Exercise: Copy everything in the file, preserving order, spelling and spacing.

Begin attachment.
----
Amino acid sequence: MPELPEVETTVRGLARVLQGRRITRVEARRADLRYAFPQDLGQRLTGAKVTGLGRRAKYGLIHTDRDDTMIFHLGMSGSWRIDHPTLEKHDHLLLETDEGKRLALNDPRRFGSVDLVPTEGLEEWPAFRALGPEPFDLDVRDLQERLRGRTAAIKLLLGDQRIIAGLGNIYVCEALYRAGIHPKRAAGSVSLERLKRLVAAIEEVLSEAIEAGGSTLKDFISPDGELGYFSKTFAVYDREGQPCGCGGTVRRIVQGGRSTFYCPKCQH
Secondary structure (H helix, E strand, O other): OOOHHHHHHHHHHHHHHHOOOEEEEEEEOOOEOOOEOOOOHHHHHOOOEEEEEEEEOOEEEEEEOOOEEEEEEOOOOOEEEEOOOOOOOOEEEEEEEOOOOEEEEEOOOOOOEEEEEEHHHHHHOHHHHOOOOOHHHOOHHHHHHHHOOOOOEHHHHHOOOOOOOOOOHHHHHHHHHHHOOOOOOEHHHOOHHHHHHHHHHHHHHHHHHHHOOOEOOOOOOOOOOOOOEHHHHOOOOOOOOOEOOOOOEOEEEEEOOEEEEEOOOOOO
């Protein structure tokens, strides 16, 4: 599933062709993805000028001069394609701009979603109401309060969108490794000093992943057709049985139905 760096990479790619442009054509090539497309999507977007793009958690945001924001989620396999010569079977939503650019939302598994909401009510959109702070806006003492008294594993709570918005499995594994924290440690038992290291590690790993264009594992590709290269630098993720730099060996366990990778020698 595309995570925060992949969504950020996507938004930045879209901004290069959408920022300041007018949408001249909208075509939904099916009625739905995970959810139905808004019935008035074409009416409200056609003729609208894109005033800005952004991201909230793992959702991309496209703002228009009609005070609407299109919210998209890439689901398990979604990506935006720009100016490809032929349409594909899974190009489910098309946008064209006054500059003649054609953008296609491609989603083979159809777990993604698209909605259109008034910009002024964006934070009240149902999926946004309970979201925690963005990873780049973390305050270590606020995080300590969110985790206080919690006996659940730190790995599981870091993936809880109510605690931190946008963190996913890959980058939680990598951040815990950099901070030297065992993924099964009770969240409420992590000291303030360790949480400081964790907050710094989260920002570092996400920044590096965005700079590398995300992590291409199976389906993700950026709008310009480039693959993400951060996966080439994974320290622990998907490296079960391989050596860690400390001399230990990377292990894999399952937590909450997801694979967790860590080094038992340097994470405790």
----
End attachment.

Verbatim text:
Amino acid sequence: MPELPEVETTVRGLARVLQGRRITRVEARRADLRYAFPQDLGQRLTGAKVTGLGRRAKYGLIHTDRDDTMIFHLGMSGSWRIDHPTLEKHDHLLLETDEGKRLALNDPRRFGSVDLVPTEGLEEWPAFRALGPEPFDLDVRDLQERLRGRTAAIKLLLGDQRIIAGLGNIYVCEALYRAGIHPKRAAGSVSLERLKRLVAAIEEVLSEAIEAGGSTLKDFISPDGELGYFSKTFAVYDREGQPCGCGGTVRRIVQGGRSTFYCPKCQH
Secondary structure (H helix, E strand, O other): OOOHHHHHHHHHHHHHHHOOOEEEEEEEOOOEOOOEOOOOHHHHHOOOEEEEEEEEOOEEEEEEOOOEEEEEEOOOOOEEEEOOOOOOOOEEEEEEEOOOOEEEEEOOOOOOEEEEEEHHHHHHOHHHHOOOOOHHHOOHHHHHHHHOOOOOEHHHHHOOOOOOOOOOHHHHHHHHHHHOOOOOOEHHHOOHHHHHHHHHHHHHHHHHHHHOOOEOOOOOOOOOOOOOEHHHHOOOOOOOOOEOOOOOEOEEEEEOOEEEEEOOOOOO
């Protein structure tokens, strides 16, 4: 599933062709993805000028001069394609701009979603109401309060969108490794000093992943057709049985139905 760096990479790619442009054509090539497309999507977007793009958690945001924001989620396999010569079977939503650019939302598994909401009510959109702070806006003492008294594993709570918005499995594994924290440690038992290291590690790993264009594992590709290269630098993720730099060996366990990778020698 595309995570925060992949969504950020996507938004930045879209901004290069959408920022300041007018949408001249909208075509939904099916009625739905995970959810139905808004019935008035074409009416409200056609003729609208894109005033800005952004991201909230793992959702991309496209703002228009009609005070609407299109919210998209890439689901398990979604990506935006720009100016490809032929349409594909899974190009489910098309946008064209006054500059003649054609953008296609491609989603083979159809777990993604698209909605259109008034910009002024964006934070009240149902999926946004309970979201925690963005990873780049973390305050270590606020995080300590969110985790206080919690006996659940730190790995599981870091993936809880109510605690931190946008963190996913890959980058939680990598951040815990950099901070030297065992993924099964009770969240409420992590000291303030360790949480400081964790907050710094989260920002570092996400920044590096965005700079590398995300992590291409199976389906993700950026709008310009480039693959993400951060996966080439994974320290622990998907490296079960391989050596860690400390001399230990990377292990894999399952937590909450997801694979967790860590080094038992340097994470405790």